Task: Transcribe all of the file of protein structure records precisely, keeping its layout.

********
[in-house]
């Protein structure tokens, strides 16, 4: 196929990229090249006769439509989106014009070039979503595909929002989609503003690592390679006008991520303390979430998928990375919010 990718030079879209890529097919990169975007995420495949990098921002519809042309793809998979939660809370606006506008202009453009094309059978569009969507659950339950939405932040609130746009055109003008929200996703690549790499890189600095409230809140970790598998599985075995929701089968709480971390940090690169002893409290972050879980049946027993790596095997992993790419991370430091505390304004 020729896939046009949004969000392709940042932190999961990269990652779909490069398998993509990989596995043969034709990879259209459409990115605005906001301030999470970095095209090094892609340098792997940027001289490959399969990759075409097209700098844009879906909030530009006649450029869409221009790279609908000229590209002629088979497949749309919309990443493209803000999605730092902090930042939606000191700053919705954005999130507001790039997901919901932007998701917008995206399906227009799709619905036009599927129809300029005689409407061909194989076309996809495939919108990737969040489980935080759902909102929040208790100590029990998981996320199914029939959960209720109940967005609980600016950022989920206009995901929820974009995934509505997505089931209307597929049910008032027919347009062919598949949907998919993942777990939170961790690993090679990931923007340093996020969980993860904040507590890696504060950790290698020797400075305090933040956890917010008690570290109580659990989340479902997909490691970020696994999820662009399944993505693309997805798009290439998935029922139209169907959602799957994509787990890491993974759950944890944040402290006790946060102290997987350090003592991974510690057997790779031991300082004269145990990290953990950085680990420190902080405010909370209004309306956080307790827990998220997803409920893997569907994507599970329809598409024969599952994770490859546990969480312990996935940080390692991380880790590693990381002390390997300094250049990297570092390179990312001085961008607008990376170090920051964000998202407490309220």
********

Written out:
[in-house]
């Protein structure tokens, strides 16, 4: 196929990229090249006769439509989106014009070039979503595909929002989609503003690592390679006008991520303390979430998928990375919010 990718030079879209890529097919990169975007995420495949990098921002519809042309793809998979939660809370606006506008202009453009094309059978569009969507659950339950939405932040609130746009055109003008929200996703690549790499890189600095409230809140970790598998599985075995929701089968709480971390940090690169002893409290972050879980049946027993790596095997992993790419991370430091505390304004 020729896939046009949004969000392709940042932190999961990269990652779909490069398998993509990989596995043969034709990879259209459409990115605005906001301030999470970095095209090094892609340098792997940027001289490959399969990759075409097209700098844009879906909030530009006649450029869409221009790279609908000229590209002629088979497949749309919309990443493209803000999605730092902090930042939606000191700053919705954005999130507001790039997901919901932007998701917008995206399906227009799709619905036009599927129809300029005689409407061909194989076309996809495939919108990737969040489980935080759902909102929040208790100590029990998981996320199914029939959960209720109940967005609980600016950022989920206009995901929820974009995934509505997505089931209307597929049910008032027919347009062919598949949907998919993942777990939170961790690993090679990931923007340093996020969980993860904040507590890696504060950790290698020797400075305090933040956890917010008690570290109580659990989340479902997909490691970020696994999820662009399944993505693309997805798009290439998935029922139209169907959602799957994509787990890491993974759950944890944040402290006790946060102290997987350090003592991974510690057997790779031991300082004269145990990290953990950085680990420190902080405010909370209004309306956080307790827990998220997803409920893997569907994507599970329809598409024969599952994770490859546990969480312990996935940080390692991380880790590693990381002390390997300094250049990297570092390179990312001085961008607008990376170090920051964000998202407490309220």